Purpose & Needs

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During the Spring 2007 term, the RPI Building Conservation Studio Project focused on the upper Congress Street corridor in Troy, New York, between Christie Street and Pawling Avenue.  The Congress Street corridor has a long history as an important thoroughfare between downtown Troy and rural communities located in the heartland of Rensselaer County.  The corridor skirts prominent natural features such as Mount Ida and the Poesten Kill Gorge.  In the 19th century, the tremendous energy of the Poesten Kill contributed to Troy’s prominence during the American Industrial Revolution.  A diverse base of industries, powered by the foaming waters, gave rise to a thriving urban factory village, known as the Mount Ida Neighborhood. 

During the 20th century, the character of this neighborhood saw significant change and decline.   Despite the decline, this neighborhood continues to hold much potential and now presents a wide range of new opportunities in the areas of historic preservation, natural resource appreciation, and business development.  Information compiled in the website created by the RPI students can be used by neighborhood residents and business owners to further bring into focus a vision for revitalizing this area.  The ideas presented in this report can also be folded into ongoing roadway improvement and economic development projects that are slated to occur in the upper Congress Street corridor.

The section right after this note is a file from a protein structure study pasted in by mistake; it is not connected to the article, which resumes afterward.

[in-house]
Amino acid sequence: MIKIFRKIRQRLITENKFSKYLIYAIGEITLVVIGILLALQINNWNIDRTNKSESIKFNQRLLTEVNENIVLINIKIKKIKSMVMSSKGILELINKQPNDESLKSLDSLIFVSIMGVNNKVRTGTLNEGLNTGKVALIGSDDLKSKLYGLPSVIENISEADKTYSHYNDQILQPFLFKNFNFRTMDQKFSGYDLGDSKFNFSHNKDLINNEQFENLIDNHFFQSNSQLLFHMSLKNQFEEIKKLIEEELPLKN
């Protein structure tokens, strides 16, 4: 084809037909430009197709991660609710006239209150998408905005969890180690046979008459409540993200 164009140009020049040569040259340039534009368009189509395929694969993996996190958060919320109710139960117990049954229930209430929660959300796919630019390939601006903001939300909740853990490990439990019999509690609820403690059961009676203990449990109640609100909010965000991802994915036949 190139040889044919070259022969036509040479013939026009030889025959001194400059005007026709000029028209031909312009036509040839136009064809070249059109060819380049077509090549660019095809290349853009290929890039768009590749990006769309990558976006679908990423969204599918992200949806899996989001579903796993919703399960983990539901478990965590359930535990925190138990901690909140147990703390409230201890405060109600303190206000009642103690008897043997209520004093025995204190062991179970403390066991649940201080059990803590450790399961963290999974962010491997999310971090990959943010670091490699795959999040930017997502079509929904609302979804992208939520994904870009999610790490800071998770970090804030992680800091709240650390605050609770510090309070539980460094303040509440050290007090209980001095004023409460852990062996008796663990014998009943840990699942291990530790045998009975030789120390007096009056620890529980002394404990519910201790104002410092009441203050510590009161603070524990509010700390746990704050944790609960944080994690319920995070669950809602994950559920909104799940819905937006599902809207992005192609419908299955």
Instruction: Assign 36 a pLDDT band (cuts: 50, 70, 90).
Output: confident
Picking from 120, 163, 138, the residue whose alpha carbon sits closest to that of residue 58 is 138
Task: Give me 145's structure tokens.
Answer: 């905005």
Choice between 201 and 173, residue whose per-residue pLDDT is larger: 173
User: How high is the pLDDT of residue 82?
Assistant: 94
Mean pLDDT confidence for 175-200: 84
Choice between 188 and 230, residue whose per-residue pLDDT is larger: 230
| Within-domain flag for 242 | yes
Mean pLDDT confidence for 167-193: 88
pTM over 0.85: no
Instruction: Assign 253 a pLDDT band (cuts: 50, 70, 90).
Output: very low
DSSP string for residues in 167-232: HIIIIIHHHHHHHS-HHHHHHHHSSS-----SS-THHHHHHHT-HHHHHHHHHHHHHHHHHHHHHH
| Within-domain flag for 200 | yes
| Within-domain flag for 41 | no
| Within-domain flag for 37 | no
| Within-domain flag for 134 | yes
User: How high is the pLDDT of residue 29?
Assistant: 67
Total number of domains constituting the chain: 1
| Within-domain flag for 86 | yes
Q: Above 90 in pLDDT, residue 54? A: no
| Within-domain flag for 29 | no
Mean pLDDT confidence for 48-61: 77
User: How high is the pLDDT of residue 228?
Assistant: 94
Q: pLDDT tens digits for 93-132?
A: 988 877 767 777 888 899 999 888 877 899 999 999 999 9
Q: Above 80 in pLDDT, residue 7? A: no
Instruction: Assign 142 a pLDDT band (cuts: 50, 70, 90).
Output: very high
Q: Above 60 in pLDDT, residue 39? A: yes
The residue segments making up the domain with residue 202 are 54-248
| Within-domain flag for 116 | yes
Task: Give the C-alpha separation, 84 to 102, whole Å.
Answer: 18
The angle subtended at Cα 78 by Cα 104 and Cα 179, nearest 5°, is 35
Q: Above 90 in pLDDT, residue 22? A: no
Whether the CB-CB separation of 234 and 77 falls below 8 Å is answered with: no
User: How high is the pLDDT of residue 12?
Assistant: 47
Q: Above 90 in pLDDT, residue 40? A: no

Project Boundary

Overall, the Congress Street corridor spans a distance of about 1¼ miles from the Hudson River to Pawling Avenue and Brunswick Road (Route 2).  Previous studies have divided this highly variable corridor into smaller sections for the sake of organization and manageability.  Similarly, we have identified project boundaries to include both the Congress Street and Mt. Ida neighborhoods (hot link to map).  Consistent with previous studies such as the Congress Street Corridor Study (Laberge, 2001), the eastern boundary near the intersection of Brunswick Road and Pawling Avenue “… is expressly recognized as the primary southeastern gateway into the Congress Street corridor…”  Christie Street was selected as the western boundary for this project in order to logically include the entrance to Prospect Park, which is a large and important feature of the corridor.  The southern project boundary incorporates the Poesten Kill industrial heritage area as well as the small neighborhood enclave between Cypress and Birch Streets. 

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